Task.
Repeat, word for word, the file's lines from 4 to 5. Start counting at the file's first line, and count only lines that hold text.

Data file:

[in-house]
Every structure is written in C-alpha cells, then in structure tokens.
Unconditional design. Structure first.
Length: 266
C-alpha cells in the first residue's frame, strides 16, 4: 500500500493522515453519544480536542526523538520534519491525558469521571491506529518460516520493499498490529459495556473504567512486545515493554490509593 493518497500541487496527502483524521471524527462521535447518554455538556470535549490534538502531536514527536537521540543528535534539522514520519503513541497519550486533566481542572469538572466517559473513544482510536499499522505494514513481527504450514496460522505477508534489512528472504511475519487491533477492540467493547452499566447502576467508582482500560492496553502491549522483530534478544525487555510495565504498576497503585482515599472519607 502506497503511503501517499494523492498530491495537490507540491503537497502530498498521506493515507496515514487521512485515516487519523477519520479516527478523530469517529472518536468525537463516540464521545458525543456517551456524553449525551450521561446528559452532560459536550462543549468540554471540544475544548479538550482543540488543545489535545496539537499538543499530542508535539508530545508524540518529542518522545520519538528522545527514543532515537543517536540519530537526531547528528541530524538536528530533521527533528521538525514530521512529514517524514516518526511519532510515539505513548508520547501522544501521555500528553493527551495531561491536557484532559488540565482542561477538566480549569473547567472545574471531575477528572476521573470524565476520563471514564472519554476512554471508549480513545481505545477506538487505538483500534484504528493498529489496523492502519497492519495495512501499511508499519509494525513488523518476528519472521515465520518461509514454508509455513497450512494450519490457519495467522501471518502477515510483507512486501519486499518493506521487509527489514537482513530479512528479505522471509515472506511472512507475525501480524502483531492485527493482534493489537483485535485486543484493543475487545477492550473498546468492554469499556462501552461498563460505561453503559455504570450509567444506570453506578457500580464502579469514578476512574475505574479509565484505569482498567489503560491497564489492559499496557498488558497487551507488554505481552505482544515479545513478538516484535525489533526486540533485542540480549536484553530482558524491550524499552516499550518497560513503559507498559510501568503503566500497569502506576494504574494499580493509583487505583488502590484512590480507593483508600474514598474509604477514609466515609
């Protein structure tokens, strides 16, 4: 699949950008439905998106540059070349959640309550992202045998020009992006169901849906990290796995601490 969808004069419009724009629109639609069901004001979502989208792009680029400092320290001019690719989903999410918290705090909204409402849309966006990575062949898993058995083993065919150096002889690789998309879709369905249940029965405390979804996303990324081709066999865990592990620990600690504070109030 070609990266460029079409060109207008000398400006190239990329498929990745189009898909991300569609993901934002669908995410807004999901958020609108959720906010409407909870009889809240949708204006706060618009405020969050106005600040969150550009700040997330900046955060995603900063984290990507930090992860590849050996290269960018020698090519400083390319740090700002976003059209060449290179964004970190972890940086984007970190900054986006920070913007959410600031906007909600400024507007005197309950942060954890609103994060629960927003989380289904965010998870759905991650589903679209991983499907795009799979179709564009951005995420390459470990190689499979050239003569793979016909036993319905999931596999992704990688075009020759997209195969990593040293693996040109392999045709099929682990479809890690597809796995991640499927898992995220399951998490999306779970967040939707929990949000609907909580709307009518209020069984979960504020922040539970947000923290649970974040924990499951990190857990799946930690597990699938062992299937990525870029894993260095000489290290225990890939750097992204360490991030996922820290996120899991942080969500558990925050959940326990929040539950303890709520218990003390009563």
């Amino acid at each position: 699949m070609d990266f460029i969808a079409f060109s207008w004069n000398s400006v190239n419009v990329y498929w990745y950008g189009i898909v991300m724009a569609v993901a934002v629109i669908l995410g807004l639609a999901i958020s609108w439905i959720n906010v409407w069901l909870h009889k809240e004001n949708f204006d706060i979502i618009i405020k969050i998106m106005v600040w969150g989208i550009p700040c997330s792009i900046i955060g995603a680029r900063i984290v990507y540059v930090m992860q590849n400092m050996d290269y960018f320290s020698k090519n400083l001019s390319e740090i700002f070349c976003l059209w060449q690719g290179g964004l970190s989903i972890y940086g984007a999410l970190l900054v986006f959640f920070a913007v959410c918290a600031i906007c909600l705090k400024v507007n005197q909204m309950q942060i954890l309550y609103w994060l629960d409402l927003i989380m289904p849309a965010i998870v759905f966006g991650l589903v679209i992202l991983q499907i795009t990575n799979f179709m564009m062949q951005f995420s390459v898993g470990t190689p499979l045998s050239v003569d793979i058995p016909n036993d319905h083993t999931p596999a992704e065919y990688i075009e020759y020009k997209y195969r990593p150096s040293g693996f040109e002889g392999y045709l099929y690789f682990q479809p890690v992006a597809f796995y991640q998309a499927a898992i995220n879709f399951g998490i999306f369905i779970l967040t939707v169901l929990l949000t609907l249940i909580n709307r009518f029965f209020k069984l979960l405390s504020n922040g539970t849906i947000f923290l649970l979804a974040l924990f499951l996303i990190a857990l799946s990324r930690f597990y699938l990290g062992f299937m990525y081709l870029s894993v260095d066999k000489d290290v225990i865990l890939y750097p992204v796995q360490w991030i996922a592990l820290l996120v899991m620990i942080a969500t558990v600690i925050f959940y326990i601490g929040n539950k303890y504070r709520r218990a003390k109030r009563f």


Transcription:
Length: 266
C-alpha cells in the first residue's frame, strides 16, 4: 500500500493522515453519544480536542526523538520534519491525558469521571491506529518460516520493499498490529459495556473504567512486545515493554490509593 493518497500541487496527502483524521471524527462521535447518554455538556470535549490534538502531536514527536537521540543528535534539522514520519503513541497519550486533566481542572469538572466517559473513544482510536499499522505494514513481527504450514496460522505477508534489512528472504511475519487491533477492540467493547452499566447502576467508582482500560492496553502491549522483530534478544525487555510495565504498576497503585482515599472519607 502506497503511503501517499494523492498530491495537490507540491503537497502530498498521506493515507496515514487521512485515516487519523477519520479516527478523530469517529472518536468525537463516540464521545458525543456517551456524553449525551450521561446528559452532560459536550462543549468540554471540544475544548479538550482543540488543545489535545496539537499538543499530542508535539508530545508524540518529542518522545520519538528522545527514543532515537543517536540519530537526531547528528541530524538536528530533521527533528521538525514530521512529514517524514516518526511519532510515539505513548508520547501522544501521555500528553493527551495531561491536557484532559488540565482542561477538566480549569473547567472545574471531575477528572476521573470524565476520563471514564472519554476512554471508549480513545481505545477506538487505538483500534484504528493498529489496523492502519497492519495495512501499511508499519509494525513488523518476528519472521515465520518461509514454508509455513497450512494450519490457519495467522501471518502477515510483507512486501519486499518493506521487509527489514537482513530479512528479505522471509515472506511472512507475525501480524502483531492485527493482534493489537483485535485486543484493543475487545477492550473498546468492554469499556462501552461498563460505561453503559455504570450509567444506570453506578457500580464502579469514578476512574475505574479509565484505569482498567489503560491497564489492559499496557498488558497487551507488554505481552505482544515479545513478538516484535525489533526486540533485542540480549536484553530482558524491550524499552516499550518497560513503559507498559510501568503503566500497569502506576494504574494499580493509583487505583488502590484512590480507593483508600474514598474509604477514609466515609